Wednesday, October 6, 2010

Porch light?

Child One and her first boyfriend broke up a few weeks ago.  To Sig Other, it’s been a lifetime.  To Child One, it was long enough ago that heartache is past but too soon to move on.  Her porch light, as they say, is not yet back on.  Sig Other would like her to move on already.  Fatherly instinct compels him to suggest that one of her close friends might be a perfect mate.  She believes it is too soon to move on, too soon to focus her affections elsewhere.  But Sig Other persists.  “Relationships,” he tells her, “heal in direct proportion to their length – one week for every year you’re together.  You and the grocer’s son were together a few months.  That means it should only take you a few days to get over him.”  I balk at this, of course.  “No,” I say, “that is not the formula at all.  Healing time is half the total duration of the relationship.”  

Even as the words escape my lips I realize what we have is a true example of boy time vs. girl time.  In boy time, relationships are to be quickly moved past, pain to be brushed aside and life to be gotten on with.  This is not to say that men grieve less than women, nor is it to suggest that the male psyche is incapable of feeling the depth of loss any less than women.  It is, however, to argue that men have a harder time being alone – that their need for companionship is greater and therefore their time between relationships – appropriate or not – is significantly shorter.   A widower is likely to marry within a year of the death of his wife.  But a widow is likely to stay a widow after the loss of her husband. 

Sig Other doesn’t like to be alone.  He will say that is wrong.  He will tell you he is a strong, independent male who calls his own shots, runs free with the wolves and is perfectly happy alone.  But the truth is, he doesn’t like it at all.  The truth is, Sig Other likes being alone about as much as he likes flying coach across the country – as in, not at all.  And the good news, for him anyway, is that he is alone about as frequently as he flies coach across the country – as in, not at all.  Sig Other has staff, he has friends, he has children, he has dogs and he has me.  Those of us not paid to be in his presence actually quite enjoy it.  Sig Other has fostered an environment of cozy togetherness.  The children, the dogs, and I all like to be in close proximity whenever possible.  And so alone is not something he must experience but for those rare moments he chooses to.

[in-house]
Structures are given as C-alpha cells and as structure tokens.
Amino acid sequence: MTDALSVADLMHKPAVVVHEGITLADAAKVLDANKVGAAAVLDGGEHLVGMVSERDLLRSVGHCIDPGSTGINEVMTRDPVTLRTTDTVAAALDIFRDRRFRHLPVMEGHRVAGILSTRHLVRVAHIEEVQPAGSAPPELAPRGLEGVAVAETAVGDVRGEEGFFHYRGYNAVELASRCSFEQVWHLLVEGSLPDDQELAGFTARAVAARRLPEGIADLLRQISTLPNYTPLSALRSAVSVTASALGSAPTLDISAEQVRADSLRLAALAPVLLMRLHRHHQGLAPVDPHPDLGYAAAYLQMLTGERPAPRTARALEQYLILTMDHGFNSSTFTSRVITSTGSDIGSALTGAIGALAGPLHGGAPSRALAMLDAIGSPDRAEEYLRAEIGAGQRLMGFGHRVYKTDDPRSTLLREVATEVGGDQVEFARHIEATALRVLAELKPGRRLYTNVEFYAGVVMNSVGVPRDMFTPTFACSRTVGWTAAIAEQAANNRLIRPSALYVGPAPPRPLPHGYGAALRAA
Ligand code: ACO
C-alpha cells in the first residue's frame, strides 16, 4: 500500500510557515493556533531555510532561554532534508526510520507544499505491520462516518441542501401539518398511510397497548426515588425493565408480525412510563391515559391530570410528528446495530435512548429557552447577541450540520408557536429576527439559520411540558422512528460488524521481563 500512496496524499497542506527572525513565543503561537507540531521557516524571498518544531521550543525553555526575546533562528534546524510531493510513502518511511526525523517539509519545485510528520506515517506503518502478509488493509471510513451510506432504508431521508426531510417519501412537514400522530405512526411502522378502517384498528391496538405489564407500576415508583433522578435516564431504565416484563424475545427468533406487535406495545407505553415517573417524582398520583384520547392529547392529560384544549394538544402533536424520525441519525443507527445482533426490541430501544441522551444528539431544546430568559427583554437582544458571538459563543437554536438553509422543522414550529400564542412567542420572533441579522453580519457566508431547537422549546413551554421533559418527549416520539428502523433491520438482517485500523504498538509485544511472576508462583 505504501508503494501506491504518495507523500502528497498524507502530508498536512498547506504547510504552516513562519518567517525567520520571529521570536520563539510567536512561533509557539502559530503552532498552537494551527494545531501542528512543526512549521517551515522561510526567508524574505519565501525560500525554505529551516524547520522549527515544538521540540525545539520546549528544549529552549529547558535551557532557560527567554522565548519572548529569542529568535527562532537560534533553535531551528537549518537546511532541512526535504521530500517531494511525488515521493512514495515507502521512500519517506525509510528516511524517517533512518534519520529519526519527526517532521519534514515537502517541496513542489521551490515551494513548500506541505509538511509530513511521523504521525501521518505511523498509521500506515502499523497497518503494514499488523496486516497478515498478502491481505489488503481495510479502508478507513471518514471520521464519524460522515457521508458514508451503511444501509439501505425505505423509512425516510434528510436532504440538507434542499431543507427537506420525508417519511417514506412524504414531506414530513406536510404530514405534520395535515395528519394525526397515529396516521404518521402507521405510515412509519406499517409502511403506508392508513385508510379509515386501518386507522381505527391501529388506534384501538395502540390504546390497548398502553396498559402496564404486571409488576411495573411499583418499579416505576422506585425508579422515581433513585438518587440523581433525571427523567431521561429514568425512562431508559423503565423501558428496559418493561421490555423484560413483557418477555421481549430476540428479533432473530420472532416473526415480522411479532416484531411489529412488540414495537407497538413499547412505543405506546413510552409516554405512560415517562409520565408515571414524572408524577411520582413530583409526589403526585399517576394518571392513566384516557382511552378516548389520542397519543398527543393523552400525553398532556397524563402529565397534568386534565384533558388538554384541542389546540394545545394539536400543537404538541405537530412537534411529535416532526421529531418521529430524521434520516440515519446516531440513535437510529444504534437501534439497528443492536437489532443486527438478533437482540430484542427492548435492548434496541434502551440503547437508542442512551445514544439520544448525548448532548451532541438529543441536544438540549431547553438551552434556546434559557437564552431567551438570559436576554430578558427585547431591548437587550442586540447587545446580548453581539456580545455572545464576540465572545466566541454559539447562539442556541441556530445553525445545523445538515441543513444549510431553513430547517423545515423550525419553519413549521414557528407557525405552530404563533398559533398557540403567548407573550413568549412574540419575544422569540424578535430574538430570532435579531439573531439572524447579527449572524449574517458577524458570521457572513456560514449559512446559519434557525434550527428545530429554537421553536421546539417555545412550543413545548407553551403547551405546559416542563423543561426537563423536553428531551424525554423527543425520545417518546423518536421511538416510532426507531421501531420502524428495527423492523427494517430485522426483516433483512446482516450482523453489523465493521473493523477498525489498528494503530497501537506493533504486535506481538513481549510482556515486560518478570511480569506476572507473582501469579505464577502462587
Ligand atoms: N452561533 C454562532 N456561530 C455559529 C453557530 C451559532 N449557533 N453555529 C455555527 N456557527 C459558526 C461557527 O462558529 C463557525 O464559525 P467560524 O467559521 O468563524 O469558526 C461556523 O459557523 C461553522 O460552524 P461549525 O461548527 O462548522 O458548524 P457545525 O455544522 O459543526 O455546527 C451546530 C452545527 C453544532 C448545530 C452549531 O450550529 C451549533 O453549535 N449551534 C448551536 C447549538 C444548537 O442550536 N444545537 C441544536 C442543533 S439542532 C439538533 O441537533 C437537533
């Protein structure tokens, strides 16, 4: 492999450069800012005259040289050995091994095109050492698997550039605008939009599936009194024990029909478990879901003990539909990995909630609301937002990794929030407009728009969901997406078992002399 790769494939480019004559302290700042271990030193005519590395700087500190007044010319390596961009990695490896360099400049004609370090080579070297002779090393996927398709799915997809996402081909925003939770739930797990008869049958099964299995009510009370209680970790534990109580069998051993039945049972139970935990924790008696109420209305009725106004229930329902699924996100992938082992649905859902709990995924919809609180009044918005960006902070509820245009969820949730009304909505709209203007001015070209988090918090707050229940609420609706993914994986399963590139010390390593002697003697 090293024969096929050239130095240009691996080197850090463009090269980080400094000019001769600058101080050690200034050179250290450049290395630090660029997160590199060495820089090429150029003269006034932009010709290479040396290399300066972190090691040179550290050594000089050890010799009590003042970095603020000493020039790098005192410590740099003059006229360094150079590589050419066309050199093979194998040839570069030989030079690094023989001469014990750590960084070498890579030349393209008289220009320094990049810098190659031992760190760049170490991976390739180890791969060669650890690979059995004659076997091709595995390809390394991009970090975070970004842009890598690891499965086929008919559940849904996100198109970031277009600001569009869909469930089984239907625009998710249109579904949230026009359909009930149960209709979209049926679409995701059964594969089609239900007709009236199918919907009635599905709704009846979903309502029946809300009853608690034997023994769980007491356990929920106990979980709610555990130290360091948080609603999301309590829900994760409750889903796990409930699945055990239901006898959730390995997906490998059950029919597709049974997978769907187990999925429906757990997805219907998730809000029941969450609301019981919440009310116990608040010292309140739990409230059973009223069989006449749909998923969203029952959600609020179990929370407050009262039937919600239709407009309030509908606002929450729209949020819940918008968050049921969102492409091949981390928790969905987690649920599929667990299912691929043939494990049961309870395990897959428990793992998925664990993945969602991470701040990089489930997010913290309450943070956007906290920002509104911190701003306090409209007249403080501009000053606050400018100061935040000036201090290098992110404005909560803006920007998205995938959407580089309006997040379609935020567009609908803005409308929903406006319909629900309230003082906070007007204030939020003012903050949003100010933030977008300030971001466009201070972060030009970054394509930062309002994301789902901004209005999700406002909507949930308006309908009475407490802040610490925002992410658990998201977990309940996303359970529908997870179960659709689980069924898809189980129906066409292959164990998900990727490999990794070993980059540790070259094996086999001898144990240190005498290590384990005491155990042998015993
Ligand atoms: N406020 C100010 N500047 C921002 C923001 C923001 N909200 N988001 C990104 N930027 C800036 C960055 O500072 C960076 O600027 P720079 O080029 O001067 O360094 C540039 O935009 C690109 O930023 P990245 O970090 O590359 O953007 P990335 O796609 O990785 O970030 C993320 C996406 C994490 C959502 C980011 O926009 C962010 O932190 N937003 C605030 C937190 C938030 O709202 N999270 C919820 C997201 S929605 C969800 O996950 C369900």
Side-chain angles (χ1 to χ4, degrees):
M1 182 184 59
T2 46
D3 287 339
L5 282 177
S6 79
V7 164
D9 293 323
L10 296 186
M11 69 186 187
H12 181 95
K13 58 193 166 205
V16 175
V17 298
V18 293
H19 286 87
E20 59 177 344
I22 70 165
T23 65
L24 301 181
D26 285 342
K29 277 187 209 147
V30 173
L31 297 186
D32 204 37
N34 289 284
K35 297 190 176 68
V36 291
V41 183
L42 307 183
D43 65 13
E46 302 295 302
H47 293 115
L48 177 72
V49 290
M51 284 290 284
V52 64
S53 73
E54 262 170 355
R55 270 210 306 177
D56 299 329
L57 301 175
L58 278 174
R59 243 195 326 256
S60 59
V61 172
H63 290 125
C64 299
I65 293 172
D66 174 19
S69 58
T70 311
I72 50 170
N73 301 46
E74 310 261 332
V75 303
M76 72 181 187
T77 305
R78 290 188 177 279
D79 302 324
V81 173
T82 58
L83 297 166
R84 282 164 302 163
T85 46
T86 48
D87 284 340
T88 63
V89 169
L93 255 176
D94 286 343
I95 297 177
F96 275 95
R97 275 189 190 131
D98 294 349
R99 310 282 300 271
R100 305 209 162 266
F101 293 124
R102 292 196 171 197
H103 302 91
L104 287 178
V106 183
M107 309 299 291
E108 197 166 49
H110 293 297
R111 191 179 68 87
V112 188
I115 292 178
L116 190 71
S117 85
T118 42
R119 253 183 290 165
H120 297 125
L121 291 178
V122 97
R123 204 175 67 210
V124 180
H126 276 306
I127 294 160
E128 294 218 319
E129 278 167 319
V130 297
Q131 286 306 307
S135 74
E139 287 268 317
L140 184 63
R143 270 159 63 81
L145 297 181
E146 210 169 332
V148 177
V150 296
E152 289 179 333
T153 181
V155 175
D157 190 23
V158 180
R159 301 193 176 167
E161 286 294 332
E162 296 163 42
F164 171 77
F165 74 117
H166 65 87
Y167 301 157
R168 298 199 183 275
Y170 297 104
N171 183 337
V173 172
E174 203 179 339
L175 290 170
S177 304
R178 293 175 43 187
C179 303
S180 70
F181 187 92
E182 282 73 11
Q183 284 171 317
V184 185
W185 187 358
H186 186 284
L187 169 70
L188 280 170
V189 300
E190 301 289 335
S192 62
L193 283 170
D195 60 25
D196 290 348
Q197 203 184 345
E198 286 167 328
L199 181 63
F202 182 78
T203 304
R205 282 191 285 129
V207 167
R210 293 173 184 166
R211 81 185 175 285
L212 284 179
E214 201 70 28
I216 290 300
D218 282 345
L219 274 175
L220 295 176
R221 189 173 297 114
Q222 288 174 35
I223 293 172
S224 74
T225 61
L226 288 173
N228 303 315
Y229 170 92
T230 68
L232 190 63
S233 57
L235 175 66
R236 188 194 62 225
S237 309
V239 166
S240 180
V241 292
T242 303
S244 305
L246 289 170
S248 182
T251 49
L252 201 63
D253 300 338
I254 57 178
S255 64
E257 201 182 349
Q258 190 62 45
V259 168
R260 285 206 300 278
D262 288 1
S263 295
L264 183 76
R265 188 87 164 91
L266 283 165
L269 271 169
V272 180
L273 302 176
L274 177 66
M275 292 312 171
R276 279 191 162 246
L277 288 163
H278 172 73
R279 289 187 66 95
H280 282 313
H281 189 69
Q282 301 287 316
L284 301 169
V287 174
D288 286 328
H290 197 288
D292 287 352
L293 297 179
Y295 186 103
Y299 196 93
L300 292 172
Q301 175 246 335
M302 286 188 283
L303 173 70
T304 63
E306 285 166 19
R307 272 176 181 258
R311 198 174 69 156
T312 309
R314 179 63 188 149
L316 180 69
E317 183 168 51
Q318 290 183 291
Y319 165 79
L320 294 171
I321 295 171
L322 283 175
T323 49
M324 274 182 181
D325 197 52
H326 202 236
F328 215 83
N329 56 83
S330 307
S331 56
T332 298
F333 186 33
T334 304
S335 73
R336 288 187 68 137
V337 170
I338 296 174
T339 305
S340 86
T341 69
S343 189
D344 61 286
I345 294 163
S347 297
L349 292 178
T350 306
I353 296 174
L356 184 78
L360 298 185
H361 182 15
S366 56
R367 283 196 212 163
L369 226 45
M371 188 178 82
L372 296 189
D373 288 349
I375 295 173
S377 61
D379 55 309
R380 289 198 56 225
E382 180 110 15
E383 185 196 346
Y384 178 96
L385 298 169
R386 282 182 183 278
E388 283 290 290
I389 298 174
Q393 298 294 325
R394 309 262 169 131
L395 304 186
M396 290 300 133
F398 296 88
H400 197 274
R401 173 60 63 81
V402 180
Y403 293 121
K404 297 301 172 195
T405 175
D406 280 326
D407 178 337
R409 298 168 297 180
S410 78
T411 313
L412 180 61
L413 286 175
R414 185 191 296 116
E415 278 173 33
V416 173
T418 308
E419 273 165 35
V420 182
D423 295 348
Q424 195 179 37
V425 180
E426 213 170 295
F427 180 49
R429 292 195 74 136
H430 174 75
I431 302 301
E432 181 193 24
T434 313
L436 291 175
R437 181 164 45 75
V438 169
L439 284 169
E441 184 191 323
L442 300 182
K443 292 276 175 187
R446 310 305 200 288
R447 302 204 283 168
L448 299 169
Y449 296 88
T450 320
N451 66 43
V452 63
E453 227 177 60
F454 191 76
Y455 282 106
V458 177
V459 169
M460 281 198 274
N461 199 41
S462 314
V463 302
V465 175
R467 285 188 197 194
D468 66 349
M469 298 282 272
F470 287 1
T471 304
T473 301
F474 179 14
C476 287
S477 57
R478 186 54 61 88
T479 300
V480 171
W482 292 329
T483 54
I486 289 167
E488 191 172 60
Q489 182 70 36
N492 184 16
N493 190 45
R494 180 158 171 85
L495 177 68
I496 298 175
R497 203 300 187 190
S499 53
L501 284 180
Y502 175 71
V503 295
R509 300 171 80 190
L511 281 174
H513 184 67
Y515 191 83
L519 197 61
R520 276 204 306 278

Child One doesn’t care to be alone either.  She likes to be cozy and will choose company over solitude at all times.  But Child One is also particular.  She has good girlfriends and good guy friends and more than enough parents and dogs to fill whatever void is left by the absence of one inattentive young man.  And so, Child One feels no need to move on, no need to feel the space left by her first boyfriend with her next boyfriend just because there IS a space to fill.  She will wait for the RIGHT boyfriend, for the right moment for the right boyfriend and then slowly, carefully, turn the porch light back on to let the boy know its time to come calling…

1 comment:

Anonymous said...

yes and no. guys sometimes move on faster to new girls, but the person who seems to be hung up, five years later, on "the one that got away" (really, the one he mistreated and didn't appreciate and who therefore left his immature ass) always seems to me to be a guy. the women mourn, cry, rage, get into yoga, and move on. for good.